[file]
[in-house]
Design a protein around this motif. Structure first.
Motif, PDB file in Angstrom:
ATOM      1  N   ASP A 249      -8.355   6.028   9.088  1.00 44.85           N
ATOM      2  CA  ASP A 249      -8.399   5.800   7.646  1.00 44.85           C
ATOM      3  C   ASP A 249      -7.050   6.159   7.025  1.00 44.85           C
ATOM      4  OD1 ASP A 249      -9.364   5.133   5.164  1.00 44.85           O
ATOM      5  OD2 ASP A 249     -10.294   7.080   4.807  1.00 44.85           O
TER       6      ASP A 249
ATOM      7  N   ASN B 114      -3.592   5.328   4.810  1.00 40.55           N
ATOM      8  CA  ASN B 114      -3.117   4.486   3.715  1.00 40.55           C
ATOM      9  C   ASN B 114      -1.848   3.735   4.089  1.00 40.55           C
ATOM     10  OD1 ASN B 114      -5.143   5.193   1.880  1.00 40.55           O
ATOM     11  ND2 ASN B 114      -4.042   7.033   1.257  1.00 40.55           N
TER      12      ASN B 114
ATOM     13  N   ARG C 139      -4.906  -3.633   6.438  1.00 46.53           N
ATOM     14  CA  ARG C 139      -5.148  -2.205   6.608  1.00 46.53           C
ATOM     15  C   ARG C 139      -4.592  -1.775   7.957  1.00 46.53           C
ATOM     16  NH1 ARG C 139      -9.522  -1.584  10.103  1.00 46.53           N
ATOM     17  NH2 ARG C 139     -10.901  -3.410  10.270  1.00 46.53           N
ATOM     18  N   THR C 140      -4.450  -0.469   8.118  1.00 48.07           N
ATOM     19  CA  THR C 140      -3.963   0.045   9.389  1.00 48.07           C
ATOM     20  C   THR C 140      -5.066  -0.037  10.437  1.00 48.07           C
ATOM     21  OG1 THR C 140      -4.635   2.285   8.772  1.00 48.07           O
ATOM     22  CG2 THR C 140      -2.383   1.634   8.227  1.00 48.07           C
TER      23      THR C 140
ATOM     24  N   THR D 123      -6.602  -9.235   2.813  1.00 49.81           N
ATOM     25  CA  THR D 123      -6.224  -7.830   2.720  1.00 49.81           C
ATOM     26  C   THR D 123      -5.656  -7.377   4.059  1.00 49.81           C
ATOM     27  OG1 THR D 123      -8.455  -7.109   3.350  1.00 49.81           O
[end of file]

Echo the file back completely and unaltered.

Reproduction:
[in-house]
Design a protein around this motif. Structure first.
Motif, PDB file in Angstrom:
ATOM      1  N   ASP A 249      -8.355   6.028   9.088  1.00 44.85           N
ATOM      2  CA  ASP A 249      -8.399   5.800   7.646  1.00 44.85           C
ATOM      3  C   ASP A 249      -7.050   6.159   7.025  1.00 44.85           C
ATOM      4  OD1 ASP A 249      -9.364   5.133   5.164  1.00 44.85           O
ATOM      5  OD2 ASP A 249     -10.294   7.080   4.807  1.00 44.85           O
TER       6      ASP A 249
ATOM      7  N   ASN B 114      -3.592   5.328   4.810  1.00 40.55           N
ATOM      8  CA  ASN B 114      -3.117   4.486   3.715  1.00 40.55           C
ATOM      9  C   ASN B 114      -1.848   3.735   4.089  1.00 40.55           C
ATOM     10  OD1 ASN B 114      -5.143   5.193   1.880  1.00 40.55           O
ATOM     11  ND2 ASN B 114      -4.042   7.033   1.257  1.00 40.55           N
TER      12      ASN B 114
ATOM     13  N   ARG C 139      -4.906  -3.633   6.438  1.00 46.53           N
ATOM     14  CA  ARG C 139      -5.148  -2.205   6.608  1.00 46.53           C
ATOM     15  C   ARG C 139      -4.592  -1.775   7.957  1.00 46.53           C
ATOM     16  NH1 ARG C 139      -9.522  -1.584  10.103  1.00 46.53           N
ATOM     17  NH2 ARG C 139     -10.901  -3.410  10.270  1.00 46.53           N
ATOM     18  N   THR C 140      -4.450  -0.469   8.118  1.00 48.07           N
ATOM     19  CA  THR C 140      -3.963   0.045   9.389  1.00 48.07           C
ATOM     20  C   THR C 140      -5.066  -0.037  10.437  1.00 48.07           C
ATOM     21  OG1 THR C 140      -4.635   2.285   8.772  1.00 48.07           O
ATOM     22  CG2 THR C 140      -2.383   1.634   8.227  1.00 48.07           C
TER      23      THR C 140
ATOM     24  N   THR D 123      -6.602  -9.235   2.813  1.00 49.81           N
ATOM     25  CA  THR D 123      -6.224  -7.830   2.720  1.00 49.81           C
ATOM     26  C   THR D 123      -5.656  -7.377   4.059  1.00 49.81           C
ATOM     27  OG1 THR D 123      -8.455  -7.109   3.350  1.00 49.81           O